Focus on White Power in Southern Africa
Black africa's surge to independence and native rule has been one of the highlights of the postwar international scene. Yet almost all of southern Africa—including two of the continent's most prosperous nations—remains under white rule. With the exception of a pair of impoverished black enclaves recently granted independence by Great Britain,1 the white man retains the pre-eminent position which he established for himself in southern Africa during the centuries after his arrival at the Cape of Good Hope in 1652.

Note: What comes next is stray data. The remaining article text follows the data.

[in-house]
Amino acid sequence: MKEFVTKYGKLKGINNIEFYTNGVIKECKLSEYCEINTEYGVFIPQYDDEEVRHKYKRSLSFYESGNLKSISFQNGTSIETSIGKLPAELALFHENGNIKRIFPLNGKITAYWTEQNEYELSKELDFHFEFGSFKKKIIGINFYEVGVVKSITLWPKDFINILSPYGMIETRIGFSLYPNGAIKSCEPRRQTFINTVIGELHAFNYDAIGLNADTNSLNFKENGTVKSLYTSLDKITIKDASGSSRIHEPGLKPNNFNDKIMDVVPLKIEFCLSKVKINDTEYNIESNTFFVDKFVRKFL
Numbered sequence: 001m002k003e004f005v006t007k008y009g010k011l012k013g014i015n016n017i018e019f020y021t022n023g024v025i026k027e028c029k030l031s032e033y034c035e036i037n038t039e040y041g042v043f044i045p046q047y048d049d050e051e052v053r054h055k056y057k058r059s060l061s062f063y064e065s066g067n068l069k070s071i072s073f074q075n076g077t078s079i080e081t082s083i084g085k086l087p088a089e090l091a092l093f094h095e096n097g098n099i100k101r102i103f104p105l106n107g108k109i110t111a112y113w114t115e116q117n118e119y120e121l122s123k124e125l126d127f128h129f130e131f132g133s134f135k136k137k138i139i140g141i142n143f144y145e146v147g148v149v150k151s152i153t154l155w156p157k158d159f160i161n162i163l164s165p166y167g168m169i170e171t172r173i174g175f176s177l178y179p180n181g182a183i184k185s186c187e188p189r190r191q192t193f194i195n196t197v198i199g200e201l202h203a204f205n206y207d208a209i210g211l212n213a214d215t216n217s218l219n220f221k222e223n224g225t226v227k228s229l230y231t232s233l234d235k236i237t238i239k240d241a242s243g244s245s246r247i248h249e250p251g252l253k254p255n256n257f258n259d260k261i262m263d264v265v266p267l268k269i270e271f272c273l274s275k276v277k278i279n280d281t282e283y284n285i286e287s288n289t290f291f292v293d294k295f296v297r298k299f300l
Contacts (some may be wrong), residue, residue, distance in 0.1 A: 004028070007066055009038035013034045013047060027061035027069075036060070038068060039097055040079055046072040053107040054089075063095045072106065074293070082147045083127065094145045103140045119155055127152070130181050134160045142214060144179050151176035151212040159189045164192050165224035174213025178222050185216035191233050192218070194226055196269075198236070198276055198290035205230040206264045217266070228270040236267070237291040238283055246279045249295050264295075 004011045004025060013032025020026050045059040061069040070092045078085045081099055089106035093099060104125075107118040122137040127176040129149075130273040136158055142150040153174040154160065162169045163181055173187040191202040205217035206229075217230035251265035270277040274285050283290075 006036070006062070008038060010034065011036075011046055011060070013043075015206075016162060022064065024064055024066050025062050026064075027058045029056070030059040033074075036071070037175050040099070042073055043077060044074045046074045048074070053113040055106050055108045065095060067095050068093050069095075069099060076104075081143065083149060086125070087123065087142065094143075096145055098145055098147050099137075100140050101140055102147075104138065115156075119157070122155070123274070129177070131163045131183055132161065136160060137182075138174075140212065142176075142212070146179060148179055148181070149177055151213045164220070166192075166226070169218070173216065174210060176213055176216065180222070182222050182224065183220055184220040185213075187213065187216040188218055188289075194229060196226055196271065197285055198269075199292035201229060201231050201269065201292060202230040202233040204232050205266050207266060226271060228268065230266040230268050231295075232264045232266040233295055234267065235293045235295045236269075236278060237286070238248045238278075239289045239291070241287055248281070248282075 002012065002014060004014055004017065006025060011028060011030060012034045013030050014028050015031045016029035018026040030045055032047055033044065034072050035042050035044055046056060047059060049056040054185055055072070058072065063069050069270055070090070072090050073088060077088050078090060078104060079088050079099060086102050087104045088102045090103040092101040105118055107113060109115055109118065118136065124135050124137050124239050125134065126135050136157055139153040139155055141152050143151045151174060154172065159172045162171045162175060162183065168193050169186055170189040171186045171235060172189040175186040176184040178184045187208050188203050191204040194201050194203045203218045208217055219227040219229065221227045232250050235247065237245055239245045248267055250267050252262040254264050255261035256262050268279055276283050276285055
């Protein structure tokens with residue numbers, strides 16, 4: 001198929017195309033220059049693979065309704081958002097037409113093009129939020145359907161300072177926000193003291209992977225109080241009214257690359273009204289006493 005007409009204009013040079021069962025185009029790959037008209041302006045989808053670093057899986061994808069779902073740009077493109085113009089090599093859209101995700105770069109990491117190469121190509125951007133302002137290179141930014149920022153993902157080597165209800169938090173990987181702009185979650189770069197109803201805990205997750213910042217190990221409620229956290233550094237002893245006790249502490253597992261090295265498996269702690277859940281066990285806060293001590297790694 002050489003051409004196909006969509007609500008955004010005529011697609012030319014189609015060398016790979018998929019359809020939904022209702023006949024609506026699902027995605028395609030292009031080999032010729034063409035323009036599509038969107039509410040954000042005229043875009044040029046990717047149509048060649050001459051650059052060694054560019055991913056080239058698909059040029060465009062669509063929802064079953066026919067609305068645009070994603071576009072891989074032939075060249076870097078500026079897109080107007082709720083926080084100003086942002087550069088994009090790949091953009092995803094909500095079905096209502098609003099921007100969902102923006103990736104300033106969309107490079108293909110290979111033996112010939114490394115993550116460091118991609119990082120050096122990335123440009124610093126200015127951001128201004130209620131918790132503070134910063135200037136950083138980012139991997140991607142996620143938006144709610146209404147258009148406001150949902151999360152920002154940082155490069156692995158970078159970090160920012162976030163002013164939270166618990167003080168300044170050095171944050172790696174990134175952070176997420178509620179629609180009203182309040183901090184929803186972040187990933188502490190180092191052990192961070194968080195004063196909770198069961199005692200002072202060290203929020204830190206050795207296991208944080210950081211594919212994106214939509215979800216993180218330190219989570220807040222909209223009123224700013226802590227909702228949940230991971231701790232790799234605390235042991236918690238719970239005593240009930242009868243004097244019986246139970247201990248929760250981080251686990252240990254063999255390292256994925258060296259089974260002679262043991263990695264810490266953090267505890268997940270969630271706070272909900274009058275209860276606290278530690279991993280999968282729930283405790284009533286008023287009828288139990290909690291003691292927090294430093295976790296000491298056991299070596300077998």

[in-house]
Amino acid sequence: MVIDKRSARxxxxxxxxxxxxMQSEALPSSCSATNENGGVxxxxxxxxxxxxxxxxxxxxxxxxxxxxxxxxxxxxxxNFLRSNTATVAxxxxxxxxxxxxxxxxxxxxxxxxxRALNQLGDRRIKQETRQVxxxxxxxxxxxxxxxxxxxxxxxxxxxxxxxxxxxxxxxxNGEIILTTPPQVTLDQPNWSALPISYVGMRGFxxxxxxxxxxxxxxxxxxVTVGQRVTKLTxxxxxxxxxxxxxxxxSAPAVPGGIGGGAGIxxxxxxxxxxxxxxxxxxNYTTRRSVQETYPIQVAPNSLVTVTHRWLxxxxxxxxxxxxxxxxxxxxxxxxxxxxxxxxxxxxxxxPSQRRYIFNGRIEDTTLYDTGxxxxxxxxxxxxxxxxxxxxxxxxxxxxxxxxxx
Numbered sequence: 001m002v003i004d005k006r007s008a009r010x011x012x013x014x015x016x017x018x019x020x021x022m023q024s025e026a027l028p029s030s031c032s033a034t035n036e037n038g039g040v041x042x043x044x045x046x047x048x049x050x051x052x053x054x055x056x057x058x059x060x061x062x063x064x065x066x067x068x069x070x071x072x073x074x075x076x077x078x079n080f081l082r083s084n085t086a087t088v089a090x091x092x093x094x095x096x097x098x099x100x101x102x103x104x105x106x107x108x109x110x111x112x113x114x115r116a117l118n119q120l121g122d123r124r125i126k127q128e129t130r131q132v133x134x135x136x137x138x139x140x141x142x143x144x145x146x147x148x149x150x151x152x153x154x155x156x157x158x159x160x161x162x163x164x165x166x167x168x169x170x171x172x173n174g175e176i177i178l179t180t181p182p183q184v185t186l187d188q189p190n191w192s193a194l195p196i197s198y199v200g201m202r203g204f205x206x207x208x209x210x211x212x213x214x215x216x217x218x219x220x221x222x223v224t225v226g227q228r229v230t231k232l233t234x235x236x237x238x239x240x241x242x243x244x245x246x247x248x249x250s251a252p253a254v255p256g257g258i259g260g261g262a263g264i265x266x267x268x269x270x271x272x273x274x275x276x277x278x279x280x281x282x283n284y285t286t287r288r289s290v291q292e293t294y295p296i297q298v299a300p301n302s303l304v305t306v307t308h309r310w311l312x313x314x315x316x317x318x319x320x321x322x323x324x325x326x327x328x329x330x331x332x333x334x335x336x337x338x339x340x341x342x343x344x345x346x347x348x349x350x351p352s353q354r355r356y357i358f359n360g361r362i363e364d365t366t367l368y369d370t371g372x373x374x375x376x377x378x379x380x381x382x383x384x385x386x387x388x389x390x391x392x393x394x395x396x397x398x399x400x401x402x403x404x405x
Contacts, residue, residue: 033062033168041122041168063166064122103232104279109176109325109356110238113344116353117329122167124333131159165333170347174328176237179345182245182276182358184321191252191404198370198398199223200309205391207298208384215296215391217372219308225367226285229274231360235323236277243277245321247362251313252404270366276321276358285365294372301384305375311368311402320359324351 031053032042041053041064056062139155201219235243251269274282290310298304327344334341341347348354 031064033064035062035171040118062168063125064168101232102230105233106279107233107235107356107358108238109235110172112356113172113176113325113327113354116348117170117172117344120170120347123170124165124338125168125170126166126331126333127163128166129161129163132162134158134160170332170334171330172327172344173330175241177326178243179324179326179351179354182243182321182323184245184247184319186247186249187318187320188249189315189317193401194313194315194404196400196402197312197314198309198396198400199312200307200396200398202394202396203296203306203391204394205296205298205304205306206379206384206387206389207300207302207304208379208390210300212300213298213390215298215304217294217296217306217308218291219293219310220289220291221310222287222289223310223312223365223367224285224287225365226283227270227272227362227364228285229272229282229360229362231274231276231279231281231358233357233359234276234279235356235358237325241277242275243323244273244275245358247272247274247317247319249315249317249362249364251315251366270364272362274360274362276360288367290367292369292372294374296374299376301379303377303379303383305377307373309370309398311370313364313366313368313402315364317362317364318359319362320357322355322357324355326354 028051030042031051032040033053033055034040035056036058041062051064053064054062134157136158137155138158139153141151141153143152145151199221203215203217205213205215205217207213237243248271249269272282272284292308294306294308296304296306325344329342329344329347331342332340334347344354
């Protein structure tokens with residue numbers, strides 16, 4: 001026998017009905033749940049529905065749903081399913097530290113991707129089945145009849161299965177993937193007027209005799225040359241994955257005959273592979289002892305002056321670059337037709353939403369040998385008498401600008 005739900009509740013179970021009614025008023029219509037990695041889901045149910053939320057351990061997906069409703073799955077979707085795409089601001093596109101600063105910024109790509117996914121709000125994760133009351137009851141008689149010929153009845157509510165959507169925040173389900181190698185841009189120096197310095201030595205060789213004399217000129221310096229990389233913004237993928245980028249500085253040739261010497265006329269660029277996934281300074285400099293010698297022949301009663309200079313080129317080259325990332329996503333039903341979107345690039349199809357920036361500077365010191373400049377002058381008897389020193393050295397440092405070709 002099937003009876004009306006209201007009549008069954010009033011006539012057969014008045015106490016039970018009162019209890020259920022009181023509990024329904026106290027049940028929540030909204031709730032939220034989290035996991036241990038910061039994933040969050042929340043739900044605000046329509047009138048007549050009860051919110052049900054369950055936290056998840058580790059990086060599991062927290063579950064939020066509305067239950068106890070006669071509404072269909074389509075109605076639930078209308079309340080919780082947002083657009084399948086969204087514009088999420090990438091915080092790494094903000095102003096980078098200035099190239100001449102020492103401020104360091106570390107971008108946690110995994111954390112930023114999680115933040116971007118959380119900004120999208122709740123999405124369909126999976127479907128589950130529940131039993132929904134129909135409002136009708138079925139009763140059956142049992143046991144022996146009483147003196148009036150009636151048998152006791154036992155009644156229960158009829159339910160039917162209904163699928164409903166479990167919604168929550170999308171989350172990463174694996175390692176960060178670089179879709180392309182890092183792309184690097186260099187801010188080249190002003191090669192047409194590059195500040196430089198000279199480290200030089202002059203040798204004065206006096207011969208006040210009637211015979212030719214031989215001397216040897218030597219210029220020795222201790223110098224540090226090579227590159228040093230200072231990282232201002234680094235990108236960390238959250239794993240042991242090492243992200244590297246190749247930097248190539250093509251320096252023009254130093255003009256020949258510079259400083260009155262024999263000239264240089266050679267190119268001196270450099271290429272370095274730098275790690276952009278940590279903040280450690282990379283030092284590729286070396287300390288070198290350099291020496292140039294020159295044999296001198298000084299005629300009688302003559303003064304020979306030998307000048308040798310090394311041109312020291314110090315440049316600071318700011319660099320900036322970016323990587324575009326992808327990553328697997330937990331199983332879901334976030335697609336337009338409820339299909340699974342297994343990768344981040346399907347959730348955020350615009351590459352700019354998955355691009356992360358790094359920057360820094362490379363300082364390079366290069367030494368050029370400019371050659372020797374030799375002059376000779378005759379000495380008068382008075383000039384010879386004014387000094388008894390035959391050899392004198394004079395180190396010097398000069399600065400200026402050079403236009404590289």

In recent years the white governments of southern Africa have been under continual attack in the United Nations because of the limitations they impose on the economic progress and political rights of their black populations. South Africa's implementation of ...